Because of her I can...

July 13, 2018

Because of her I can ... 

 

This guest post was written by Felicia Robey, a participant in my Ayurveda Sadhana Training this year. 

 

 

 

This week in Australia is Naidoc Week (National Aborigines and Islanders Day Observance Committee) 

The theme "because of her I can" recognises the mothers, elders, grandmothers, aunties, sisters and daughters. As pillars of our society, Aboriginal and Torres Strait Islander women have played – and continue to play - active and significant roles at the community, local, state and national levels.

 

Growing up in the Sutherland Shire of Sydney I was never exposed to too much knowledge, history or culture of the indigenous people of Australia, the owners of this land. 

 

In fact it was quite a taboo subject, usually my own Grandmother would whisper a racist comment followed by my mother - and in later years myself and sisters telling her off and to "stop it".

 

It's a deep rooted shame, confusion and nativity I believe is embedded in the very heart and soul of this land and our ancestral lines. And for the aboriginal people great pain and hatred from being invaded, separated, killed, abused, stolen and controlled - stripping them of their rights, their culture, their land. 

 

In learning about and working through ancestral lines in Ayurveda with Katie Manitsas this - our disconnection to the land and the rightful owners of it, plus all the negative feelings that the past has embedded itself in our bodies and our selves comes up again and again. 

 

I followed my grandmother’s side and found that an ancestor was on the First Fleet - it was his job to look after the animals on board, a thought that brought both a smile for the animal care and an uneasy feeling that my own bloodline was on that boat that changed indigenous Australians history for ever.

 

I don't know how to say sorry for their doings, or to accept their karma while still insuring my own, I can only dedicate the rest of my life and history to learning as much of the history, the culture, the spiritually of Australia's rightful owners. I can only learn and hopefully teach my nieces and others about the connection to the land, the medicinal practices and uses of bush tucker.

 

I can only dedicate my own practice to more compassion and greater love. And to always give my respect and recognition whenever I hold space or give gratitude. May we also use the past to stand up in the present on how others are being unjustly treated, that we should try to preserve indigenous and traditional healing and spiritual practices and teachings.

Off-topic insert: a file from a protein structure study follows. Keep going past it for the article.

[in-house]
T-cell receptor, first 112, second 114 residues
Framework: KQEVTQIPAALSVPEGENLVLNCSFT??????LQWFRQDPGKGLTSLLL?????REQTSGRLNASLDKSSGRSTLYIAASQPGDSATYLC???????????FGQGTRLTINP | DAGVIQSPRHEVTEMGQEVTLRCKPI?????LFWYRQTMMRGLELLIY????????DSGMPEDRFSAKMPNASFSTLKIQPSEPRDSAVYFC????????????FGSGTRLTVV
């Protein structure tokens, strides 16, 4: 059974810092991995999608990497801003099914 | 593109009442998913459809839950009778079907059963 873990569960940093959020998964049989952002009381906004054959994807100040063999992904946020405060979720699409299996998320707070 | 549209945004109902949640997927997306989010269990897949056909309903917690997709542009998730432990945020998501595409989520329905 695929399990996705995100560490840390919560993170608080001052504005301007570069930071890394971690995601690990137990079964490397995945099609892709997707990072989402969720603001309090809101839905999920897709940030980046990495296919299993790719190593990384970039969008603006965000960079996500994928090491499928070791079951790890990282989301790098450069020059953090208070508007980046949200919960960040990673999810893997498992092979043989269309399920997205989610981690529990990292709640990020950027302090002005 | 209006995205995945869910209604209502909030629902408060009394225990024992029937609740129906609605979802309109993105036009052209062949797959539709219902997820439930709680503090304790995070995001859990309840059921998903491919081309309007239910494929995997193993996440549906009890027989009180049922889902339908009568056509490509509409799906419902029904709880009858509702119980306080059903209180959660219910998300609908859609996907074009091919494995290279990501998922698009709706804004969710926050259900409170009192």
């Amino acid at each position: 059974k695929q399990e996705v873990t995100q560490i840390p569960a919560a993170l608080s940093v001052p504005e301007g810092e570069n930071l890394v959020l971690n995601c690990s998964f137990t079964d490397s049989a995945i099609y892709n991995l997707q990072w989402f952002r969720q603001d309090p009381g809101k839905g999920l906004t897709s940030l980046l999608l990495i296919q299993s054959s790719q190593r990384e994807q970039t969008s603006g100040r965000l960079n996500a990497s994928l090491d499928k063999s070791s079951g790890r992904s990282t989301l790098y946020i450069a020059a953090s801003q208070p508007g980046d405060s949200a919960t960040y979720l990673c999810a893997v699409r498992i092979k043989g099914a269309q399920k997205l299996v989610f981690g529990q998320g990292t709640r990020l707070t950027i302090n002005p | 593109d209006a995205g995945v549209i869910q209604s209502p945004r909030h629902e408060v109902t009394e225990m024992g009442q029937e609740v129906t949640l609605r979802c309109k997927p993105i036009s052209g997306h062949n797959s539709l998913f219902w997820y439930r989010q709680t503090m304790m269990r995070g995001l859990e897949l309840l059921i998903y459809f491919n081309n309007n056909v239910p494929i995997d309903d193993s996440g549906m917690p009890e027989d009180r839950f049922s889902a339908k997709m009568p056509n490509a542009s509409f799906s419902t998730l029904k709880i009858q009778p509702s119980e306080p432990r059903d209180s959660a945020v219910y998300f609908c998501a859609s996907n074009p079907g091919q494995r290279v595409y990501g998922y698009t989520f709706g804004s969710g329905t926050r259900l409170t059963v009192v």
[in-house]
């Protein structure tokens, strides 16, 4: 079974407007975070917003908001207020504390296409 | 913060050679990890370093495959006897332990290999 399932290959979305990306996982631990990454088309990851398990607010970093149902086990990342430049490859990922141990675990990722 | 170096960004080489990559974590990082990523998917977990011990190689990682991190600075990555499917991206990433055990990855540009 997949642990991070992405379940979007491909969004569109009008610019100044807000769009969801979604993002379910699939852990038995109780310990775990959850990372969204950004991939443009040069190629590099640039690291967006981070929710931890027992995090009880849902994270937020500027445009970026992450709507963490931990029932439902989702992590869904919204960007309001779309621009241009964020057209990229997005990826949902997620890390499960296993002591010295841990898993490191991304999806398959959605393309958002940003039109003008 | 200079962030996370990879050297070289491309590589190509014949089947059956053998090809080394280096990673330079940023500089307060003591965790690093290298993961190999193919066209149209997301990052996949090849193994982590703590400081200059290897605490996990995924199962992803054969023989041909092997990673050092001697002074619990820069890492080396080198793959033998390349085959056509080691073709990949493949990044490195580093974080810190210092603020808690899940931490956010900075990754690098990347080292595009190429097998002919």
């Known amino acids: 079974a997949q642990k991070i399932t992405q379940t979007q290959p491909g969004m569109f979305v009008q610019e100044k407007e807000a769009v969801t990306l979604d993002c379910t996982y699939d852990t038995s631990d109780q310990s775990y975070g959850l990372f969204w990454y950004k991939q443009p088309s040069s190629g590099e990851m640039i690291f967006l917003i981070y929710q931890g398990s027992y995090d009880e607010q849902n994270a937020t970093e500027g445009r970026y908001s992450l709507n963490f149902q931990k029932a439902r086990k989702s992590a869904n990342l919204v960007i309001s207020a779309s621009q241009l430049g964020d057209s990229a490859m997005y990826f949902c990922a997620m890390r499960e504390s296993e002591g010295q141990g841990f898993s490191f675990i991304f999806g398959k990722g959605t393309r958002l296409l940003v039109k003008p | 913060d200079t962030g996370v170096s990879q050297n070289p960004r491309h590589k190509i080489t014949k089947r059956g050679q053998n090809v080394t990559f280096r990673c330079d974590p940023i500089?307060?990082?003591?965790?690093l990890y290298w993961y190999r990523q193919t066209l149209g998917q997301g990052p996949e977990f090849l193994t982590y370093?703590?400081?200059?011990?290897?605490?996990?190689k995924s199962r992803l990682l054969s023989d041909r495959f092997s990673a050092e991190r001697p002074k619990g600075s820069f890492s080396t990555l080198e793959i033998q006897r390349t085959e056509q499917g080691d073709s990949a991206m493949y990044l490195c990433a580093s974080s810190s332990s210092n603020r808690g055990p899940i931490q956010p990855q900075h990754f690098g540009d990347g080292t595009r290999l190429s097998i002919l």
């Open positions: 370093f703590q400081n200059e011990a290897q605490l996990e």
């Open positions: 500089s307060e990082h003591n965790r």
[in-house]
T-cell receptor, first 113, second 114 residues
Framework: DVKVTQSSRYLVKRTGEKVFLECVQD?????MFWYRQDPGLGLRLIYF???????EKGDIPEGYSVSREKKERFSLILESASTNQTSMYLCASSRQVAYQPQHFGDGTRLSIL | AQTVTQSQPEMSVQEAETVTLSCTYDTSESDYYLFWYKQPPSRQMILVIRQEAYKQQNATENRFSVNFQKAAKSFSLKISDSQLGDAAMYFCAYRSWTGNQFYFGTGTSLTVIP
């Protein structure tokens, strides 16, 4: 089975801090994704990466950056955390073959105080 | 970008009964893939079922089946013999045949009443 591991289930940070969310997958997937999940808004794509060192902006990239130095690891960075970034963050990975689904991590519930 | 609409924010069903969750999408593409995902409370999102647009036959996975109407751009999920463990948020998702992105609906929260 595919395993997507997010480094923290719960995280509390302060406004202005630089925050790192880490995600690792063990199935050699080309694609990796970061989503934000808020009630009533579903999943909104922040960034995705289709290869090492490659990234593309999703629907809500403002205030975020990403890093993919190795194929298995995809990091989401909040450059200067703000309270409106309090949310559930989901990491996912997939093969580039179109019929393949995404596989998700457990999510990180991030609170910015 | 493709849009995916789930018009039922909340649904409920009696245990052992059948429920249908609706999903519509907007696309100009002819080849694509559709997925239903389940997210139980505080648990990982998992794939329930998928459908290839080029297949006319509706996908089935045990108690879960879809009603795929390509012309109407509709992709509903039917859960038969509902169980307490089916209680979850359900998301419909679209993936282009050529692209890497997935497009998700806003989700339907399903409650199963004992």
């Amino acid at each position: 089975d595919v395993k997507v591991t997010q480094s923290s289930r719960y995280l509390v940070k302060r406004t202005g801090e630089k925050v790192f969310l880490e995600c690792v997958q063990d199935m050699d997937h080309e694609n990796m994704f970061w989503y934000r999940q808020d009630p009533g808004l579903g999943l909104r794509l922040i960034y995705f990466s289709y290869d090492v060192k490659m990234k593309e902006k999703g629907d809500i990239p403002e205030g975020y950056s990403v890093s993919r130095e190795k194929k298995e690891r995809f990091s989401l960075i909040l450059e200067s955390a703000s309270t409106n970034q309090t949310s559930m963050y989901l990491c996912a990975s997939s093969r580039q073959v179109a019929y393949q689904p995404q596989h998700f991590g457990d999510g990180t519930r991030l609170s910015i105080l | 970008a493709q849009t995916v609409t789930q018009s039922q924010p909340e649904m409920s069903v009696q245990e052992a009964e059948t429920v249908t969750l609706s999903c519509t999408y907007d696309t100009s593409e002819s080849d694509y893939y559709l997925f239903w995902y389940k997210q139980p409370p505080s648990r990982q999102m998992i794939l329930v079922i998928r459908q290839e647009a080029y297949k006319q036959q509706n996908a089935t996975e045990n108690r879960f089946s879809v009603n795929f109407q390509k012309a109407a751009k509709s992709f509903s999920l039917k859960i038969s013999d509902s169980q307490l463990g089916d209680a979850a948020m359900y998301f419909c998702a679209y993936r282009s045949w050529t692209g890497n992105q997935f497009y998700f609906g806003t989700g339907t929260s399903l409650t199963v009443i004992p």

So with that, I honour our precious indigenous peoples of Australia. Holding the highest respect of acknowledgement, awareness, sharing and maintaining the wisdom and knowledge of our culture and the land. And pay my respects to their Elders, past and present. 

 

Aboriginal spirituality is inextricably linked to land, “it’s like picking up a piece of dirt and saying this is where I started and this is where I’ll go. The land is our food, our culture, our spirit and identity." 

 

Spirituality is a feeling, with a base in connectedness to the past, ancestors, and the values that they represent, for example, respect for elders, a moral and ethical path. It is about being in an Aboriginal cultural space, experiencing community and connectedness with land and nature including proper nutrition and shelter. Feeling good about oneself, proud of being an Aboriginal person. It is a state of being that includes knowledge, calmness, acceptance and tolerance, balance and focus, inner strength, cleansing and inner peace, feeling whole, an understanding of cultural roots and ‘deep wellbeing’ (Grieves 2006a:52). 

 

E. K. Grant (2004), a community developer from Adelaide in South Australia, identified that ‘Aboriginal spirituality’ is used ‘by non-Aboriginals and Aboriginals alike without reference to its meaning and its roots and that ‘in itself it is a self-defining entity with each person defining it within his or her own framework of knowledge and experience’. She drew on the voices of Aboriginal people that she found in literature and summarised Spirituality thus: Aboriginal spirituality is defined as at the core of Aboriginal being, their very identity. It gives meaning to all aspects of life including relationships with one another and the environment. All objects are living and share the same soul and spirit as Aboriginals. There is a kinship with the environment. Aboriginal spirituality can be expressed visually, musically and ceremonially (Grant 2004:8–9).

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Bhakti Rose acknowledges the Traditional Custodians of the land on which we work and live, and recognises their continuing connection to land, water and community. We pay respect to Elders past, present and emerging.

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